The genealogical get-together that was RootsTech which took place in the States last month has now placed many of it's talks and lectures online. A great selection of presentations can be enjoyed here. Hours of fun! (not sure about the spotty background, though...).
The latest issue of the always-excellent Lost Cousins newsletter is now available.
Blogger Dick Eastman has flagged a handy resource for military records, namely, the 'Forces War Records' website - see his post here.
Another really useful spot on the Internet is 'Family History Books', being FamilySearch's online book store. It amounts to an e-library of scanned material from the genealogical world. (Thanks again to Dick Eastman for this one - brilliant!).
Scots will be very interested to read the blog entry from Chris Paton's British GENES website concerning the planned 'Homecoming Scotland 2014' celebrations.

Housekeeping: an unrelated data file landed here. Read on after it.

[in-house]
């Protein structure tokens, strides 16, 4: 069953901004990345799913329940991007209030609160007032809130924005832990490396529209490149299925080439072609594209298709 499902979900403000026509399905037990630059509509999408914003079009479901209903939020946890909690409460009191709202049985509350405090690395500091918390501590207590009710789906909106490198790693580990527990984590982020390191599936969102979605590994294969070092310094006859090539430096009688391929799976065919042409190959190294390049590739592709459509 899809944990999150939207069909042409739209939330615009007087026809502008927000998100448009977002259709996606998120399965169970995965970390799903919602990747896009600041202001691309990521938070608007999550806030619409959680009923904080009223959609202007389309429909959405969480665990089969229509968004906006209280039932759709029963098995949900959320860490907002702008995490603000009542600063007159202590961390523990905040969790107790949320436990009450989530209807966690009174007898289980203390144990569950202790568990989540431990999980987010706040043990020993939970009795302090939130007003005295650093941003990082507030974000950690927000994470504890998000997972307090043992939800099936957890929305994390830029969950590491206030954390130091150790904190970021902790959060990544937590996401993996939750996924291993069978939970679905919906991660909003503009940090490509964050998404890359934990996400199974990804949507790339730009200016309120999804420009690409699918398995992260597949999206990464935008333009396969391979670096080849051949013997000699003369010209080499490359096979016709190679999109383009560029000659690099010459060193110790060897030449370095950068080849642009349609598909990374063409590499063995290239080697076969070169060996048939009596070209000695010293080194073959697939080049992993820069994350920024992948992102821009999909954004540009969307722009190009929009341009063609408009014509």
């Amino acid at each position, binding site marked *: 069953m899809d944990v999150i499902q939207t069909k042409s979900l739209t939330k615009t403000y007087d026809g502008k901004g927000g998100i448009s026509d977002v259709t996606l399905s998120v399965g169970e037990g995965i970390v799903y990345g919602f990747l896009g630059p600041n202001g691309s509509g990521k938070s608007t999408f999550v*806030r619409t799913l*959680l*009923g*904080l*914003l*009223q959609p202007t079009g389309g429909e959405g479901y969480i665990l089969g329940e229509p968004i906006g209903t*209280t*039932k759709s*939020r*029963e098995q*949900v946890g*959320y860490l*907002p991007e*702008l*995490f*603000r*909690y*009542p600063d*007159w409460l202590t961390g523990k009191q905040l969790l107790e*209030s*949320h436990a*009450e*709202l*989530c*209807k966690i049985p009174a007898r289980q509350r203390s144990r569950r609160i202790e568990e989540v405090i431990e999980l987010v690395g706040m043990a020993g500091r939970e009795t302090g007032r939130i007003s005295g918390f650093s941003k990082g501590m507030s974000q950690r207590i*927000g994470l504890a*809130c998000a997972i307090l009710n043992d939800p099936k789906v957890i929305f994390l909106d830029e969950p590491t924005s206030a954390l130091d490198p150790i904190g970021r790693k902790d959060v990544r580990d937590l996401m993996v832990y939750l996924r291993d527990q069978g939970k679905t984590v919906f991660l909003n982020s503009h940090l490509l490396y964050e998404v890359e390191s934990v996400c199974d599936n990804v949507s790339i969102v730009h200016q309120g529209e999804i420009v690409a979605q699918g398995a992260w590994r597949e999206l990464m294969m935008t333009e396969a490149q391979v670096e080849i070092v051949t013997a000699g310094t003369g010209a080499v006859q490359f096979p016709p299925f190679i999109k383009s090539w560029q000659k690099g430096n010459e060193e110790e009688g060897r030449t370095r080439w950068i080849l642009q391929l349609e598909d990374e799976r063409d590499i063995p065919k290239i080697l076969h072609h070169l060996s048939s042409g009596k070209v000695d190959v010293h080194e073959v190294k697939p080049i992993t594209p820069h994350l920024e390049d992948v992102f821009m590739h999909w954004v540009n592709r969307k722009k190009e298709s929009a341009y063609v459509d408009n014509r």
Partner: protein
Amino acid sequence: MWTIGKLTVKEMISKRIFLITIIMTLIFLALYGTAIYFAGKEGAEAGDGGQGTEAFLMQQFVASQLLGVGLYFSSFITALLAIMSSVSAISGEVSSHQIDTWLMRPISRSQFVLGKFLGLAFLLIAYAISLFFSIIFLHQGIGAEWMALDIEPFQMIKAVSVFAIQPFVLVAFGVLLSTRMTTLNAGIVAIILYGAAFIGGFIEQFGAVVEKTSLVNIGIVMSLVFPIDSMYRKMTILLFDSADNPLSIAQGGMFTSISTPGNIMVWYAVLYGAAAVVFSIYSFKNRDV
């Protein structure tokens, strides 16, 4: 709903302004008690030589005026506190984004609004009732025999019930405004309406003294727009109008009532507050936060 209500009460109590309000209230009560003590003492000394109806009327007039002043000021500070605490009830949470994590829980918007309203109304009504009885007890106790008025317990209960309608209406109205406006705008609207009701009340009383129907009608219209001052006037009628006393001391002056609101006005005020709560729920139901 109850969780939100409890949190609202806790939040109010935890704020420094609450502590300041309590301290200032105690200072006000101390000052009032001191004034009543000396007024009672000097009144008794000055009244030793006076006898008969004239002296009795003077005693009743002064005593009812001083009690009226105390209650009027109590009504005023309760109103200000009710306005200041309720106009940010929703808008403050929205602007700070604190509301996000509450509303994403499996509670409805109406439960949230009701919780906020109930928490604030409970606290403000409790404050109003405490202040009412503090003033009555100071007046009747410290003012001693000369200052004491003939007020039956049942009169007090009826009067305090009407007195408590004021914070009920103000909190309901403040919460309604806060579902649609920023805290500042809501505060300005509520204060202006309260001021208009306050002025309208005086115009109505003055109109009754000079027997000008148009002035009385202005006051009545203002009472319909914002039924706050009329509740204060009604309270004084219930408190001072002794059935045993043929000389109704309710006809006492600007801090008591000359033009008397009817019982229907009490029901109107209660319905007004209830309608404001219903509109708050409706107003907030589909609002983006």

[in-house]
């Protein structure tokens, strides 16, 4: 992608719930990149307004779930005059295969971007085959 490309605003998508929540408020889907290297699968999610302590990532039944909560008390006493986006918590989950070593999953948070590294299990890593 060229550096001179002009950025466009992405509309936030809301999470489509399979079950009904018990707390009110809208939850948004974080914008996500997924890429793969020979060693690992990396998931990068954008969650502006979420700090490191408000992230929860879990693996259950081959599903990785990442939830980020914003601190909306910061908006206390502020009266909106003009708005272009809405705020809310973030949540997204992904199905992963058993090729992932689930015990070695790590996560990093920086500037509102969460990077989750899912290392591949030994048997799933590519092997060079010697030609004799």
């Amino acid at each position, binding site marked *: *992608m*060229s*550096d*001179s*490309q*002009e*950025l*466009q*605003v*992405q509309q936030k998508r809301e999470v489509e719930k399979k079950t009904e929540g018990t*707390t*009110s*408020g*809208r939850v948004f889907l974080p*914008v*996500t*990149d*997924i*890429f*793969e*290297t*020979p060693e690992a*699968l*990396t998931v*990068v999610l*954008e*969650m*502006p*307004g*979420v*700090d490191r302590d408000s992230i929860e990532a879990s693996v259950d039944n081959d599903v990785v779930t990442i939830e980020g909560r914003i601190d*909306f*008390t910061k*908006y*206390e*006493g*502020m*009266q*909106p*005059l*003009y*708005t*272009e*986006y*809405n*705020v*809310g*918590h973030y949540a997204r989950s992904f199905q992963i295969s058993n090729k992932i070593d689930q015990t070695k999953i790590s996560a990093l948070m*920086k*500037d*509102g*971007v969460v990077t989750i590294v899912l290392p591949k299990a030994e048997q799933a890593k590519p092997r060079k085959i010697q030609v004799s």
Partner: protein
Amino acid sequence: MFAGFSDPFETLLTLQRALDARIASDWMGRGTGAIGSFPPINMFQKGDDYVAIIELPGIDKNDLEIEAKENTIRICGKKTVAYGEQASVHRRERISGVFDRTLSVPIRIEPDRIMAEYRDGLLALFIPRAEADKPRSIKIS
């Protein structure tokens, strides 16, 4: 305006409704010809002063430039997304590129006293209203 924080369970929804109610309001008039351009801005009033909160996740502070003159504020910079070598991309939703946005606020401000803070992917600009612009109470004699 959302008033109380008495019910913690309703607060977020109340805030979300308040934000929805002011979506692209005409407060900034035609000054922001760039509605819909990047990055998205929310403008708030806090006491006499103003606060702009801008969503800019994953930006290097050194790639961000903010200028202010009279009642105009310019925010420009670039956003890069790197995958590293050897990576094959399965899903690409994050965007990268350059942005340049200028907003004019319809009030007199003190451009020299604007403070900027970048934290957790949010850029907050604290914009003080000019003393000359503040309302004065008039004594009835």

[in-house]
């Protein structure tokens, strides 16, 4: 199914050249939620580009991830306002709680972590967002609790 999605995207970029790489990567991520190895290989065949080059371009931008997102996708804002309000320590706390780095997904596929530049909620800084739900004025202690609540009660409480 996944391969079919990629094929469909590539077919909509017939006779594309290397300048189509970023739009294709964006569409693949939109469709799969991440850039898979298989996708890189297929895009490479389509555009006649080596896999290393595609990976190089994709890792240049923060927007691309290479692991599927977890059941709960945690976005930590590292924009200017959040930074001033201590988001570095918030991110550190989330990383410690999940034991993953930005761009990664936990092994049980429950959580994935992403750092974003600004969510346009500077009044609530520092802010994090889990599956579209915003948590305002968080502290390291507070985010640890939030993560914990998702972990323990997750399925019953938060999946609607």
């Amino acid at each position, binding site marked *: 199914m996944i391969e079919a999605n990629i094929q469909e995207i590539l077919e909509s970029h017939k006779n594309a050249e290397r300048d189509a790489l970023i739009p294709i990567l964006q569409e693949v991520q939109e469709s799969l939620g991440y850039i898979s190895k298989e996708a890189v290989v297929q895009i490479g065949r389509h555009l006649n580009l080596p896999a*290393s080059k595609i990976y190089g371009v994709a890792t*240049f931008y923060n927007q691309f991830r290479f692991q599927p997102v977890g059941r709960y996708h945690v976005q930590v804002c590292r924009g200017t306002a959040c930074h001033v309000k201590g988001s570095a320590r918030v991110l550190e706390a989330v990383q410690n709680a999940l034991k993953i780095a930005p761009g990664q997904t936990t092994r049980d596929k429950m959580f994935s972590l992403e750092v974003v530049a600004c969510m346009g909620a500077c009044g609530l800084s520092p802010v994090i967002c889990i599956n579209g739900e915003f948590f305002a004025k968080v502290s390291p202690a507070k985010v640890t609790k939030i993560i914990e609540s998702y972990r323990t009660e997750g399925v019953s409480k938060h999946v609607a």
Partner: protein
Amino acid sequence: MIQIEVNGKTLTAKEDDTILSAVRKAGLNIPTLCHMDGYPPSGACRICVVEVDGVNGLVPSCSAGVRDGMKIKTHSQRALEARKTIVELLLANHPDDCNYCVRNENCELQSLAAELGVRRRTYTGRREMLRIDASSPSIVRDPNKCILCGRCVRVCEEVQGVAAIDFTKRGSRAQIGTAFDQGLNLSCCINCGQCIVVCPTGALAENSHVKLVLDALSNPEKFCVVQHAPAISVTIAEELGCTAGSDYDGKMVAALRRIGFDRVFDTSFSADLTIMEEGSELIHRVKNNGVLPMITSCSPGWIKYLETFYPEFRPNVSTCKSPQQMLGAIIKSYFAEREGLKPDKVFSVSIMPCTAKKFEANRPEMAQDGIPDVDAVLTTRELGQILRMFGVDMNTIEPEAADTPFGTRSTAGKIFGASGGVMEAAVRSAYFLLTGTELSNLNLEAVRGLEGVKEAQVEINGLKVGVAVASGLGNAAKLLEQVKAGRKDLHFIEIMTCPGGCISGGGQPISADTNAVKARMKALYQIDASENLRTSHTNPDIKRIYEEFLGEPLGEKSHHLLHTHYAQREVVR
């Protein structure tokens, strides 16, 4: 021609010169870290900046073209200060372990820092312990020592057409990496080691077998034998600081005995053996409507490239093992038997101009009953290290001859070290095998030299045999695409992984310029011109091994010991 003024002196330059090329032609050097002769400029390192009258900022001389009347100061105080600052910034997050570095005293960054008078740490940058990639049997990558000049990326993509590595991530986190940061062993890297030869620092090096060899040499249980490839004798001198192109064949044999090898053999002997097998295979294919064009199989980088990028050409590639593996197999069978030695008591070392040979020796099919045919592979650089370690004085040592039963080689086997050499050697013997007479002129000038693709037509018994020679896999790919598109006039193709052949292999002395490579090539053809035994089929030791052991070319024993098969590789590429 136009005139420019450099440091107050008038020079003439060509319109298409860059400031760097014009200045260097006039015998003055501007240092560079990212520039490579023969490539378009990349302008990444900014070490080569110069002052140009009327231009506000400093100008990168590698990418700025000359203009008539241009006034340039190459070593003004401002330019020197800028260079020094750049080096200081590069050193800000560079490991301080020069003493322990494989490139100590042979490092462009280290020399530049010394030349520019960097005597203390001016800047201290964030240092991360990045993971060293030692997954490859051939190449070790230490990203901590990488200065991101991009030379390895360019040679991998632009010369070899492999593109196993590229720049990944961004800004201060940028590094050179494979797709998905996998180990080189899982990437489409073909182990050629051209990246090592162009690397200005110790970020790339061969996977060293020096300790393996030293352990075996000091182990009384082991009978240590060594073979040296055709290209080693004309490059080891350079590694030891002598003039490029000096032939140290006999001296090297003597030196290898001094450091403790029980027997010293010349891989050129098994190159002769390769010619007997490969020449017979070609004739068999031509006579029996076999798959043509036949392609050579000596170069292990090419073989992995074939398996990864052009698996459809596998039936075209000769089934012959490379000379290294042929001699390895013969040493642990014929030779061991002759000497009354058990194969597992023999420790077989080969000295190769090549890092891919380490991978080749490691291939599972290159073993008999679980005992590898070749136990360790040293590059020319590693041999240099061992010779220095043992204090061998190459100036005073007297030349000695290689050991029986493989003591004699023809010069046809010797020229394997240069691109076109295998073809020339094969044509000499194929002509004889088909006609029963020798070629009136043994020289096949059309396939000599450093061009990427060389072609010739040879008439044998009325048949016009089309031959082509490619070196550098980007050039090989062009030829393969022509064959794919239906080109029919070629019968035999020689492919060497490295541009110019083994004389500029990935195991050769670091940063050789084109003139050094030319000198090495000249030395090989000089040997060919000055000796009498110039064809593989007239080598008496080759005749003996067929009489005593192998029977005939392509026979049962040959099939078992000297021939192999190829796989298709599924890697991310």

And Chris also reports on an piece of news from the world of DNA testing which is of great interest to us genealogists.
I haven't forgotten that today is International Women's Day! The official website can be found here - and of the many special posts and articles around the Internet I quite like two pieces published by the HistoryToday website on '10 Essential History Books Written by Women' and a collection of special articles (with an example of a wonderful misprint in the first paragraph!). There is also a neat post on the Family Tree website regarding the occasion.
The HistoryToday website also has a history podcast available. And talking of podcasts, here's one from TNA on the subject of 'Our Ancestors and the Fear of the Victorian Workhouse'.
Here are a few TV programmes for the coming week.
- Burial ground to be cleared for Asda? (various sources);
- IHGS 'Heraldry Day' (from @TheIHGS);
- BBC's 'Listening Project' (from @BLpressoffice).
Embarrassing ailments have always attracted plenty of 'cures', as detailed in the following post form 'The Quack Doctor' blog...